2009 was an eventful year for the Australian mining industry, with issues like Chinese foreign investment, uranium mining, climate change and the global recession all leaving their mark at some stage. In this final issue for 2009, MINING DAILY will list and explore the top five stories that have impacted the industry during the year.
5 — Ravensthorpe shelved and sold
Falling global nickel prices forced BHP Billion to suspend operations at its Ravensthorpe mine in Western Australia in January, less than one year after it was initially opened.
More than 1800 jobs were cut as a result of the closure, including 800 employees and 1000 contractors.
The nearby township of Hopetoun, which was developed around the mine, was also devastated.
The project, which cost $2.1 billion to develop, attracted criticism from analysts when it was announced four years prior and many expected the diminishing nickel prices to affect the day to day running of the mine.
BHP chief executive Marius Kloppers later conceded the decision to build the mine was not one of the company’s best.
However, the Hopetoun community received some good news at the start of this month, with the announcement that the mine had been sold to Canadian copper miner First Quantum Minerals.
BHP agreed to a sell for US$340 million, much less than its reported asking price of US$500 million.
First Quantum hoped to have the mine up and running in 18 months, albeit with a reduced workforce of 600 jobs.
4 — BHP Billiton-Rio Tinto iron ore joint venture
Rio Tinto and BHP Billiton announced a plan to combine their iron ore assets in Western Australia’s Pilbara region in the middle of the year, barely six months after BHP abandoned its hostile bid for Rio.
The companies reached an agreement for the US$116 billion joint venture earlier this month, which would see them join their total resources of 260 million tonnes of iron ore and share port and rail infrastructure.
They also hope to have a single entity company up and running in the second half of 2010.
BHP and Rio have said combining their assets will ultimately save them up to US$10 billion in production and development costs.
The deal raised the ire of China, whose steel makers said the union would give the two companies too much power in the market.
Together, the companies are responsible for up to one-third of the world’s seaborne iron ore exports.
3 — Rio Tinto-Chinalco merger collapses
Just before the above joint venture was proposed, Rio Tinto announced it had pulled out of a US$19.5 billion deal with Chinese state-owned resources giant Chinalco.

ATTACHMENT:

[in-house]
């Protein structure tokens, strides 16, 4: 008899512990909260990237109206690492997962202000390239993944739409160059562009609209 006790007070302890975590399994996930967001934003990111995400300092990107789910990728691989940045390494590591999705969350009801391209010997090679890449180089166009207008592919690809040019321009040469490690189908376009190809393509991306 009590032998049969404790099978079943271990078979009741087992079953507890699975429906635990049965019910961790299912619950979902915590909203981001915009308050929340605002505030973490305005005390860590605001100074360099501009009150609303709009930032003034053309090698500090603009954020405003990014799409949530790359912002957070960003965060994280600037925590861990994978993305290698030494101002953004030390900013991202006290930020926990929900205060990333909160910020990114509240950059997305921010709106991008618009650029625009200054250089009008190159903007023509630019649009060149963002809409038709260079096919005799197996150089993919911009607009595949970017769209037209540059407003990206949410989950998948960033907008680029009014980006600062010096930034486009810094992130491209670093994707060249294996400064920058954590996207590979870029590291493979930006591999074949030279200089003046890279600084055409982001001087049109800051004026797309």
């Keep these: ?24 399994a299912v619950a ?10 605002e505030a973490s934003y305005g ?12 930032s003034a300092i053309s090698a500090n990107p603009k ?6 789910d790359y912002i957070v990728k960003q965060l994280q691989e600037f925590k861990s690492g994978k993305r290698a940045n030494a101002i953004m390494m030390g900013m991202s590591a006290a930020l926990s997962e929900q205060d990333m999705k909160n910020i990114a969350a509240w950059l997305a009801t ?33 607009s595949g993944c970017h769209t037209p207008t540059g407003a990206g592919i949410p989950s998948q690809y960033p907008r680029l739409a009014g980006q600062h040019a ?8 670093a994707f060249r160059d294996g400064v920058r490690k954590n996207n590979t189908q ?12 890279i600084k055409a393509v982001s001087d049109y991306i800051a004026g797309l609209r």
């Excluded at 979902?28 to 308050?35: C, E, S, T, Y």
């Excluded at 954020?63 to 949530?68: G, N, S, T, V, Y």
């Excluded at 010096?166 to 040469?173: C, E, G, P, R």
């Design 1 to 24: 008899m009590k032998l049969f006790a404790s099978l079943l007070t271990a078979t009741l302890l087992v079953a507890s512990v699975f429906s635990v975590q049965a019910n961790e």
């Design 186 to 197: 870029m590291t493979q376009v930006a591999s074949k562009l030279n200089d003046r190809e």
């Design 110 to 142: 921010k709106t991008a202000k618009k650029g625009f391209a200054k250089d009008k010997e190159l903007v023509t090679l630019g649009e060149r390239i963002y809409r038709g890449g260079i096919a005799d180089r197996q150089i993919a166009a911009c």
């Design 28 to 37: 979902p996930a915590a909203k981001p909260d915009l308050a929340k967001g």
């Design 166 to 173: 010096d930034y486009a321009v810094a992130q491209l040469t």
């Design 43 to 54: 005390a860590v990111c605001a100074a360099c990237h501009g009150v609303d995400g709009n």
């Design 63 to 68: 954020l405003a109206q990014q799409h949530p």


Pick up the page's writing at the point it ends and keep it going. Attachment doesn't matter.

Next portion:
The agreement had drawn heavy opposition from both Rio shareholders many Federal politicians, including the then Opposition Leader Malcolm Turnbull, who said it was not in Australia’s interests.
The company was looking to remove a chunk of the massive debt it incurred when it purchased Canadian aluminium producer Alcan for $38.1 billion at the height of the market in 2007.
Had the deal gone ahead, Chinalco would have owned a 15% stake in Rio and had the right to appoint two non-executive directors.
The company announced it would pay off some of the debt through a US$15 billion capital raising to existing shareholders.
Rio has since had some difficulty divesting its Alcan assets to repay the debt.
The company recently announced the sale of Alcan Composites to Swiss machinery group Schweiter Technologies for US$349 million.
Since February 2008, Rio Tinto has announced asset sales of US$8.3 billion.
2 — Emissions Trading Scheme voted down
Australia’s response to climate change was without doubt one of the most contentious policy issues of the year.
The Rudd Government’s Carbon Pollution Reduction Scheme (CPRS) and particularly its Emissions Trading System (ETS) were subject to heated conjecture in Parliament throughout the year.
The CPRS was heavily criticised by mining lobby groups, because it initially offered only $750 million in compensation to mines, despite costing them around $9 billion.
The industry representatives were also unhappy that mining was not deemed an ‘emissions exposed trade intensive’ industry, which would have entitled it to less stringent conditions.
After initially blocking the legislation in the Senate in the middle of the year, the Opposition negotiated several amendments to the CPRS, including a doubling of the mining compensation to $1.5 billion.
The CPRS looked certain to be approved by the Senate earlier this month with the support of the Opposition, until the anti-ETS right wing of the Liberal Party successfully staged a coup to oust Malcolm Turnbull.
He was replaced with Tony Abbott and the legislation was duly defeated in the Senate.
1 — Stern Hu arrested
The tense relationship between Australia and China was put under further strain on the 5 July, when Chinese authorities arrested four Rio Tinto executives for alleged espionage.
Among the detainees was Stern Hu, a Chinese-born Australian citizen who was the company’s lead negotiator with the steel producers.
There was speculation the arrest was a retaliation by the Chinese Government for the collapsed Rio-Chinalco agreement and the failure to obtain the 40% discount to iron ore prices.
As stated above, China was also not pleased by the joint venture between BHP and Rio.
The 2009-10 financial year is the first time in more than 40 years there has been no agreed benchmark price with Chinese steel producers.
An official Chinese Government website later alleged that Rio had been undertaking corporate espionage in that country for six years.
Hu and his colleagues were finally charged after 38 days in detention with stealing trade secrets and bribery.
The incident placed future deals with Chinese state-owned corporations under a cloud and caused a great degree of diplomatic tension between both countries.
The four employees are still awaiting trial.